#4 - Reserve Supplies of Foam Concentrate. Previous editions have required the installation of a connected reserve supply of foam concentrate with a manual means of switching between the main and reserve supplies. The reserve supply is now permitted to meet the requirements of the 2016 edition of NFPA 11 Standard for Low-, Medium-, and High-Expansion Foam. This edition of NFPA 11 does not require a connected reserve (though it is obviously permissible to provide one). Instead, the reserve supply must be either stored on-site or available within 24 hours in order to put the system back into service after operation.


To review all of the changes in the new edition of NFPA 409, see the Second Draft Report.

11-2016The 2016 edition of NFPA 11 Standard for Low-, Medium-, and High-Expansion Foam will be presented for action during the 2015 NFPA Technical Meeting, which will take place during the Conference and Expo in Chicago on June 22-25. In total, fifteen amending motions have been certified for this document.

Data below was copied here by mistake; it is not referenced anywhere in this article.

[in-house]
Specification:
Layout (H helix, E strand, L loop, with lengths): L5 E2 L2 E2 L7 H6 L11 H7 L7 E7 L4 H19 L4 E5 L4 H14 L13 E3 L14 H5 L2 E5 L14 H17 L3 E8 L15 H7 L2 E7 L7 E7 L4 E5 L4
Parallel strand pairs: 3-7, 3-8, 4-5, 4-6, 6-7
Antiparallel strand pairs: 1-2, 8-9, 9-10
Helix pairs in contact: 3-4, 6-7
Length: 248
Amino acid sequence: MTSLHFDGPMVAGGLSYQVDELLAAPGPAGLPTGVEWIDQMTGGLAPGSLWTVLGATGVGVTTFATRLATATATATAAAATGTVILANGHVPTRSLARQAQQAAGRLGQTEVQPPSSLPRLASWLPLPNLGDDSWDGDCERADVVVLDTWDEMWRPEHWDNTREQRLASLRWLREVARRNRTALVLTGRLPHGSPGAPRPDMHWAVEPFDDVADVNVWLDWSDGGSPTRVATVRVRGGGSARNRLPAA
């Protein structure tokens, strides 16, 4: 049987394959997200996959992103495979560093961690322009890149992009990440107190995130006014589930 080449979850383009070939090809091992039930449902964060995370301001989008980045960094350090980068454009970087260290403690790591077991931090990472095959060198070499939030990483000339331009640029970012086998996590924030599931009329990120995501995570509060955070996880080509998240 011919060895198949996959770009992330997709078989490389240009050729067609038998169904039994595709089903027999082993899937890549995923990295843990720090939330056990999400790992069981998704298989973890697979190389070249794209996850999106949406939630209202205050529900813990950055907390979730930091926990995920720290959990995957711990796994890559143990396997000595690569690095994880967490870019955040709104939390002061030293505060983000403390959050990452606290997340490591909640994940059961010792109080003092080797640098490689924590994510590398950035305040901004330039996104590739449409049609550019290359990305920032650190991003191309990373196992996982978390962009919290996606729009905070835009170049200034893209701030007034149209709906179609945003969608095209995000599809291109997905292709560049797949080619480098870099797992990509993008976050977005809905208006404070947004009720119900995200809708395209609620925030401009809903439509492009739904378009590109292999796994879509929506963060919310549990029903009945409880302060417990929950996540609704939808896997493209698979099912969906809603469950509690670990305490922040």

If pursued, amending motions 11-1 through 11-14 will seek to accept public comments related to self-expanding foam systems, which are not currently addressed by NFPA 11. If the motions pass, the scope of the standard will be expanded to incorporate requirements for this new technology.


If pursued, amending motion 11-15 will seek to reject a second revision that limits the use of unprotected carbon steel pipe to wet pipe systems that are filled with foam solution or water (Second Revision No. 12). If the motion passes, the standard will return to the First Draft text, which permitted unprotected carbon steel pipe to be used for any system having outlets that are closed to the atmosphere.


For information regarding the NFPA Standards Development Process, visit


6.1.2 of NFPA 14 protection of aboveground pipe criteria for standpipe systems. As Staff Liaison to the Technical Committee on Standpipes I often receive questions where users struggle to understand what must be protected and how it is to be accomplished. In an effort to clarify the issue the Technical Committee on Standpipes has proposed revisions to 6.1.2 for the 2016 edition. So, if you have questions on 6.1.2 please take some time to read the following changes as I hope these will help to clarify the requirements.